PREFACE TO THE SECOND EDITION THE WIDESPREAD POSITIVE RECEPTION of the First Edition has been gratifying, and a number of translations are proceeding, into Chinese, Italian, Korean, Russian, and Spanish at this writing. The field of philosophy has expanded, however, and even apart from that I have become aware of several respects in which the Dictionary can better serve its readers. The result is a multitude of expansions in standing entries and the addition of some four hundred new entries. This extended coverage required sixty new authors, nearly half of them from outside North America. The new entries range across the entire field of philosophy. We have made a special effort to increase our coverage of Continental philosophy and of subfields where growth is exceptionally rapid, such as ethics, philosophy of mind, and political philosophy. We have also added numerous cross-references. The cross-references are an element in the volume that many readers have said they found not only valuable in enhancing their initial understanding of an entry, but also welcome as a source of intriguing connections and as an invitation to browse. In addition to citations of many living philosophers in the Index of Names, there is now selective coverage of a number of living philosophers in separate entries. With very few exceptions, this (quite small) group includes only thinkers in their mid-sixties or older. This constraint on inclusion is in part dictated by the difficulty of providing an adequate portrait of philosophers still actively advancing their positions, and it has required omitting a number of distinguished younger philosophers still making major changes in their views. Even with much older thinkers we do not presuppose that there will be no significant developments, but only a greater likelihood of discerning a rounded position that is unlikely to be abandoned. In the difficult – and in a sense impossible – task of determining entries on living thinkers, advice was sought from both the Board and many other sources. We were also guided in part by the extent to which contributors to the First Edition relied on references to certain living thinkers. Given the Dictionary’s overall purposes and its wide audience, which includes many readers outside philosophy, selection was weighted toward writers whom many non-philosophers may want to look up, and some weight was also given to considerations of diversity. In keeping with the overall purposes of the volume and the diversity of its readers, we have also decided not to undertake the large task of covering either living contributors to highly specialized subfields – such as logic or computer theory or much of philosophy of science – or philosophers whose main contributions are to the history of philosophy. There are, however, many important philosophers in these fields. A number are cited in the Index, which also lists many of the thinkers who are mentioned by one or more contributors but are not subjects of separate entries. xxxiii In taking account of the responses from readers of the First Edition, we have tried to do as much as possible without making the Dictionary too bulky for a single volume. So much of the response has been positive that although many standing entries have been revised, we have sought to make improvements in the book mainly by adding new ones. A few readers expressed puzzlement or disappointment that we do not have a bibliography at the end of each entry. We do generally have references to primary works by the thinker being portrayed or, in some cases, secondary works noteworthy in their own right. Our policy here is shaped partly by severe space constraints and, especially given those, by a desire to avoid directing readers to inadequately representative sources or works that may soon become obsolete. It is also based on a sense of the difference between a dictionary and an encyclopedia. Granting that this difference is not sharp, a dictionary is above all definitional, whereas encyclopedias are mainly informational, historical, and bibliographical. A dictionary clarifies basic concepts in a way encyclopedias need not. Indeed, some encyclopedias are best understood with the help of a good dictionary; some are even difficult to read without one. As with the First Edition, I would be happy to receive comments or corrections and will undertake to file them and to send them to the appropriate author(s). Many of the Dictionary’s contributors, as well as a number of careful readers, sent suggested corrections, and most of the suggestions have been followed or taken into account in preparing this edition. I should reiterate that, again as with the First Edition, these years of intensive work with a cross section of the world’s best philosophers have given me a strong sense that the profession of philosophy has great vitality and intellectual strength. In both contributors and advisors, I have seen a steadfast commitment to scholarship, an abiding concern with accuracy and theoretical depth, an abundance of philosophical imagination, and a fidelity to high standards that prevails over the often alluring currents of schools or fashions or polemics. It is perhaps not appropriate for me to dedicate a collaborative volume of this kind, but if I were to do so, I would dedicate it to the contributors, in the hope that it may give to them and to all its readers some of the pleasure that the editing has given to me. ACKNOWLEDGMENTS In constructing this volume over a number of years, I have benefited from more comments and reactions than I can possibly remember, and I regret any omissions in the expressions of gratitude that follow. The Board of Advisors deserves hearty thanks for a major part in the selection of new entries and new contributors. I would particularly like to thank William P. Alston, Arthur W. Burks, Fred Dretske, Terence Irwin, the late Norman Kretzmann, John Lucas, Sally McConnell-Ginet, Alexander Nehamas, Onora O’Neill, John Perry, Richard Rorty, John Searle, Raimo Tuomela, and Bas van Fraassen, many of whom repeatedly provided comments or advice. The editorial advice of Terence Moore, Executive Editor at the Press, and my regular discussions with him on matters of policy and design, have been incalculably valuable. Neither edition would have been possible without his contributions. The Second Edition has benefited from the advice of many others, including a number who helped in preparing the First Edition. Among these are John PREFACE TO THE SECOND EDITION xxxiv Corcoran, Gary Gutting, George Schumm, Kwong-loi Shun, and Keith Yandell, all of whom provided editorial advice and recommended adding certain entries in their areas of philosophical work or revising others. Corcoran deserves a great deal of credit for both identifying and filling gaps. Comments and advice were also contributed by more people than I can name. They include Margaret Atherton, Claudio de Almeida, Lynne Rudder Baker, Joseph Bien, Noël Carroll, Roger Crisp, Wayne Davis, Philip Gasper, Berys Gaut, Lenn Goodman, Paul Griffiths, Oscar Haac, Mike Harnish, John Heil, Brad Hooker, Patricia Huntington, Dale Jacquette, Robert Kane, George Kline, Manfred Kuehn, Steven Kuhn, Brian McLaughlin, William Mann, Ausonio Marras, Al Martinich, Alfred Mele, Joseph Mendola, David W. Miller, Paul Moser, James Murphy, Louis Pojman, William Prior, Wesley Salmon, Mark Sainsbury, Charles Sayward, Jerome Schneewind, Calvin Schrag, David Sedley, Roger Shiner, Marcus Singer, Brian Skyrms, M. A. Stewart, William Wainwright, Paul Weirich, and, especially, Hugh McCann, Ernest Sosa, and J. D. Trout. Conscientious reviewers as well as colleagues and readers who contributed comments have been of help to me in expanding and revising the First Edition. Among the readers – mainly philosophers – I particularly want to thank Alasdair MacIntrye, Ruth Marcus, Dan Mueller, Eleonore Stump, and Mark van Roojen. Editorial and technical assistance was provided by a number of people. At the Press, I have received help or advice from Michael Agnes, Janis Bolster – who oversaw the entire process of correcting the proofs – Alan Gold, Kenneth Greenhall, Cathy Hennessy, Nicholas Mirra, Christine Murray, Gwen Seznec, and others. W. M. Havighurst again served as the main copyeditor for the Press; his skillful and painstaking work has been of great help throughout. Allison Nespor and my assistants in the Department of Philosophy at the University of Nebraska, Lincoln, Jonathan Evans and Xiaomei Yang, have also contributed. The support of the University of Nebraska and my colleagues in the Philosophy Department has been indispensable. I am also grateful for assistance from the Philosophy Department at Santa Clara University during my term as Distinguished Professor of the College of Arts and Sciences in 1999. As in the case of the First Edition, I owe an incalculable debt to my family. My wife, Marie-Louise, gave me both literary advice and help with organization of files and some of the many mailings. She and my children have also cheerfully tolerated the interruptions and problems that are inevitable in doing even a second edition of a work of this scope. Robert Audi Lincoln, Nebraska June 1999 PREFACE TO THE SECOND EDITION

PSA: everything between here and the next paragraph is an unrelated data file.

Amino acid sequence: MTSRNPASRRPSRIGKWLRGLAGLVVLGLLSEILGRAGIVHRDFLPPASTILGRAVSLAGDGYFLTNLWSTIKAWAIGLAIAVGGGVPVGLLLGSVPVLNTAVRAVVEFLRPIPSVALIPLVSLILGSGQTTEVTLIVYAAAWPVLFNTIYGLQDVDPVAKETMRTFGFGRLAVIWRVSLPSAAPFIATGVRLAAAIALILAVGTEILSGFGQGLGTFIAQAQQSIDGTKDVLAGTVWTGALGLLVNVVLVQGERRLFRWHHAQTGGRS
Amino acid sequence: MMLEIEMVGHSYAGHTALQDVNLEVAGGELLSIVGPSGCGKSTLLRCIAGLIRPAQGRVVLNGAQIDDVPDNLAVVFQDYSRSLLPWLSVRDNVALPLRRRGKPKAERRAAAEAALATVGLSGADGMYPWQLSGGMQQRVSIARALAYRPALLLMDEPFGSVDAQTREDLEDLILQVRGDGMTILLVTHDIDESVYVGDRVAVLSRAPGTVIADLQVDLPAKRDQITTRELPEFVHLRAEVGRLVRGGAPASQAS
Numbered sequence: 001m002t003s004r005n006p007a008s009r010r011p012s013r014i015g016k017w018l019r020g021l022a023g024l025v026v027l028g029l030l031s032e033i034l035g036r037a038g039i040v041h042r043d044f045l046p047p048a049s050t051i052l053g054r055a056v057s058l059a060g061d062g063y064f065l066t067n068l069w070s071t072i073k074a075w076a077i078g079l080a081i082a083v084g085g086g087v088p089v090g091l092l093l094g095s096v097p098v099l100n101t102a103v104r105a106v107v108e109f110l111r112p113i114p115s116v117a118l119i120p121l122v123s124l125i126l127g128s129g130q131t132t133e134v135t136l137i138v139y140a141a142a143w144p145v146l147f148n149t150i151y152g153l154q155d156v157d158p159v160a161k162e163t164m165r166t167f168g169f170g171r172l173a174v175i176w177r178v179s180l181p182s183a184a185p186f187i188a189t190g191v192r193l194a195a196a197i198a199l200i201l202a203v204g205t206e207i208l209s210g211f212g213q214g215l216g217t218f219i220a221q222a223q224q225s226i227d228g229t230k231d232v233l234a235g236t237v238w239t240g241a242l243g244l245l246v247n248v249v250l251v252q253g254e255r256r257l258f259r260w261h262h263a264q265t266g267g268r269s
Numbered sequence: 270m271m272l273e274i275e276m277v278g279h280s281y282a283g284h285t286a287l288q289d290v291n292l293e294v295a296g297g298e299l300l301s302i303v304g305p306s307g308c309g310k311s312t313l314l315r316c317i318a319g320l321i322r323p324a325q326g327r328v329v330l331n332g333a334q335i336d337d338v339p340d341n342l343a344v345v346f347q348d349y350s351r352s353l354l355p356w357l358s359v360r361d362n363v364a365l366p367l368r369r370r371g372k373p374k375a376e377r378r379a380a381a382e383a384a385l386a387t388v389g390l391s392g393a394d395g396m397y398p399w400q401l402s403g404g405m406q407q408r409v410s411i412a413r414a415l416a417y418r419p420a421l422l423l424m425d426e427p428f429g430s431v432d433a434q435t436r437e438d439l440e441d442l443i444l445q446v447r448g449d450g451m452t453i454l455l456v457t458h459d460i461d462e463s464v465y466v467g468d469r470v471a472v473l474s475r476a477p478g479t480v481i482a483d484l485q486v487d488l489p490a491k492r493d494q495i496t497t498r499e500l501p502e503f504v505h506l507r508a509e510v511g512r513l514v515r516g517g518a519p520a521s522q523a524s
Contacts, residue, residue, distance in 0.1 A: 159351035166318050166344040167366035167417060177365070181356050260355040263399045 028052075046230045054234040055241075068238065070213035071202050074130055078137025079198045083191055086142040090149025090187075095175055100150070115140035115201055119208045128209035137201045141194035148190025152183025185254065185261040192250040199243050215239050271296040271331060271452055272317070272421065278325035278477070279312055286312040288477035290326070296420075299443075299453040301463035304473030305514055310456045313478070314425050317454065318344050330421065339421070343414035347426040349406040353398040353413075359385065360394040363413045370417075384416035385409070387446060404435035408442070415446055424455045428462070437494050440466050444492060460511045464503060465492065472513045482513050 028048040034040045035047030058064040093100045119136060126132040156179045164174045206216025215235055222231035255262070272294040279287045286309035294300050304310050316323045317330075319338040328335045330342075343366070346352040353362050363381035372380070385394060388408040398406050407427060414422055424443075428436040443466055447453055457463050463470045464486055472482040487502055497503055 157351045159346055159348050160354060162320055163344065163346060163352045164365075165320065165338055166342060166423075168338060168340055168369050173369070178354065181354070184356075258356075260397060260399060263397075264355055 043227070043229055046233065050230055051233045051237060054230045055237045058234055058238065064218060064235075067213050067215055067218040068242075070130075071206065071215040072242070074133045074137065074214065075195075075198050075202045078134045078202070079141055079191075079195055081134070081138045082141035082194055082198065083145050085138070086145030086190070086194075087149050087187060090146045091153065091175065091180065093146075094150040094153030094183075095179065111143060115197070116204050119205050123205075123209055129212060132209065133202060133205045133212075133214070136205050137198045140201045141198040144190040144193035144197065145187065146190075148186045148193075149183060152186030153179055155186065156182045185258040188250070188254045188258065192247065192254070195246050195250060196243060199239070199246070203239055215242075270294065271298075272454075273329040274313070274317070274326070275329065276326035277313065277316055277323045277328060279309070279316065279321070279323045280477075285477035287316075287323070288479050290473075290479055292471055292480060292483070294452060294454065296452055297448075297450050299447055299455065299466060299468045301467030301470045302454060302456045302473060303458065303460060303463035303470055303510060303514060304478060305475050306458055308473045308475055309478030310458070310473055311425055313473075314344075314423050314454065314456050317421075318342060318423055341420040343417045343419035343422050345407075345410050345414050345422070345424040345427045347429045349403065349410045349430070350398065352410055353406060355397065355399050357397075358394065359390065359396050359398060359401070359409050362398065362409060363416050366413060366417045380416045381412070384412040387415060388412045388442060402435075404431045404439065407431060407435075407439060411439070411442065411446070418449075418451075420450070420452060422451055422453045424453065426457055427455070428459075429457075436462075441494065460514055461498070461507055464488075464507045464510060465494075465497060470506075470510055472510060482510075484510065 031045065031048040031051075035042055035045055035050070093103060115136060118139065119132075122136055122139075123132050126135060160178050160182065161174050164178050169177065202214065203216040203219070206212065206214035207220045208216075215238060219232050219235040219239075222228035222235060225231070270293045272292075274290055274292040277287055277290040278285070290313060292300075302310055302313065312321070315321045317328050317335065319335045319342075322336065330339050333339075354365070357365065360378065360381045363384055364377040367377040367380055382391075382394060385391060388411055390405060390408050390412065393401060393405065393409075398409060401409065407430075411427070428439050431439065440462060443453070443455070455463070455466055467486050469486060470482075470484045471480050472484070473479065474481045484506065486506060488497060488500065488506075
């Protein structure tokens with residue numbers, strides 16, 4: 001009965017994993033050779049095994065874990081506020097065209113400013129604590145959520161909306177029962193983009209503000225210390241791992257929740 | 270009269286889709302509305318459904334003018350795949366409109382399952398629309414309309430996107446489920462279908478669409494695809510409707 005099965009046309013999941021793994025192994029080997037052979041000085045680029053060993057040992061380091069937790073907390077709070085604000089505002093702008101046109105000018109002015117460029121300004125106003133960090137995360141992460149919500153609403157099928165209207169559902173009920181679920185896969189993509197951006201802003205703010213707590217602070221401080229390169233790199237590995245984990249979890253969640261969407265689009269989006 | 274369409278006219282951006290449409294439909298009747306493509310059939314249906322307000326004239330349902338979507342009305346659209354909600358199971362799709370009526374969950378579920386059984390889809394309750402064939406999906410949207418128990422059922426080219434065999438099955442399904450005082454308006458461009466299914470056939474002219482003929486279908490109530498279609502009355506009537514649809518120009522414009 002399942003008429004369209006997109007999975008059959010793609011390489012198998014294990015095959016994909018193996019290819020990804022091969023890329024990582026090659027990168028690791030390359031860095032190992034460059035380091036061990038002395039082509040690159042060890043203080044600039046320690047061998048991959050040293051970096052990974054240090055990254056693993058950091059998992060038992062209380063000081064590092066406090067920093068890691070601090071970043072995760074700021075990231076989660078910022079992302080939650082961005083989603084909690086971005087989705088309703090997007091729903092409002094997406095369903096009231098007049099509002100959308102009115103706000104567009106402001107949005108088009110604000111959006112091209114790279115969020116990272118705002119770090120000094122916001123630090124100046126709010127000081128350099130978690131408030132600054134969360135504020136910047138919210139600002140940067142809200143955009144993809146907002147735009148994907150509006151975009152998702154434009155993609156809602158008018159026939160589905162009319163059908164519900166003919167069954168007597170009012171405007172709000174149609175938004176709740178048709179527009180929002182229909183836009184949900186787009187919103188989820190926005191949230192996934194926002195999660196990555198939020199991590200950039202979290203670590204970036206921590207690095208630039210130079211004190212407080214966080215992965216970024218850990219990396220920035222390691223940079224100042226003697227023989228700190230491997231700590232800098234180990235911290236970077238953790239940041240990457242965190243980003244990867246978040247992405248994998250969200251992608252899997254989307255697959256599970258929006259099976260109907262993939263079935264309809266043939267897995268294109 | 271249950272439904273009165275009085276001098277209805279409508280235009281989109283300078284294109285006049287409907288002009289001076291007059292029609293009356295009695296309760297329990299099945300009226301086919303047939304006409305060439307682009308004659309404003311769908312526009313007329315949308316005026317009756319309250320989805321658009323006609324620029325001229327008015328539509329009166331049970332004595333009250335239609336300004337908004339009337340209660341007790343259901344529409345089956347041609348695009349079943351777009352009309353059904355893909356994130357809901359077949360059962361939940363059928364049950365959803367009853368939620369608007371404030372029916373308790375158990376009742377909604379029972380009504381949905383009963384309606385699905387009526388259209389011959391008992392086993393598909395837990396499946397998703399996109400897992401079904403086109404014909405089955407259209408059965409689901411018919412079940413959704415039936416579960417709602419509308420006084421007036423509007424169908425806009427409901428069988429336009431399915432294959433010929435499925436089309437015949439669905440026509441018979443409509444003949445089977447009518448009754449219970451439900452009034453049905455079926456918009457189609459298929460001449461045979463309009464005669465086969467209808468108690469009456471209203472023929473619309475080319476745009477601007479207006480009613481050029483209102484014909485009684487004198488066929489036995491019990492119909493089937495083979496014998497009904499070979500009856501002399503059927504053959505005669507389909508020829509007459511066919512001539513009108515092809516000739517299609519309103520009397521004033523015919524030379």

"This is quintessential Merton."—The Catholic Review. "The moment of takeoff was ecstatic...joy. We left the ground—I with Christian mantras and a great sense of destiny, of being at last on my true way after years of waiting and wondering..." With these words, dated October 15. 1968, the late Father Thomas Merton recorded the beginning of his fateful journey to the Orient. His travels led him from Bangkok, through India to Ceylon, and back again to Bangkok for his scheduled talk at a conference of Asian monastic orders. There he unequivocally reaffirmed his Christian vocation. His last journal entry was made on December 8, 1968, two days before his untimely, accidental death. Amply illustrated with photographs he himself took along the way and fully indexed, the book also contains a glossary of Asian religious terms, a preface by the Indian scholar Amiya Chakravarty, a foreword and postscript by Brother Patrick Hart of the Abbey of Gethsemani, as well as several appendices, among them the text of Merton's final address.
This new edition offers expanded selections from the works of Kongzi (Confucius), Mengzi (Mencius), Zhuangzi (Chuang Tzu), and Xunzi (Hsun Tzu); two new works, the dialogues 'Robber Zhi' and 'White Horse'; a concise general introduction; brief introductions to, and selective bibliographies for, each work; and four appendices that shed light on important figures, periods, texts, and terms in Chinese thought.
Meditation in Education and the Workplace, Second Edition
Author: John P. Miller
Publisher: University of Toronto Press
Category: Business & Economics
Meditation is a simple and practical activity that can enrich our lives and work in innumerable ways. It allows us to connect more deeply to ourselves and others and to the environment. In this book, John P. Miller, an expert in the field of holistic education, looks at mediation and how it can be integrated into one’s work and daily life. Twenty years after it was first published, Miller’s book remains one of the best guides to applying contemplative practice, covering a variety of theoretical, empirical, historical, and cross-cultural approaches. For this new edition, Miller has updated the text to reflect the growth of the mindfulness movement, new research into the brain, and his years of experience teaching and practising contemplation in teacher education. Whether one is interested in exploring how meditation can be used in the classroom or the workplace, or simply seeking to integrate it into one’s personal life, The Contemplative Practitioner is the perfect companion.
The Tao of Perfect Happiness : Selections Annotated & Explained
Author: Livia Kohn
Publisher: SkyLight Paths Publishing
A fresh, modern translation of key selections from this timeless text opens up classic Taoist beliefs and practices with insightful commentary that highlights how you can live a more balanced, authentic and joyful life by following Taoist principles.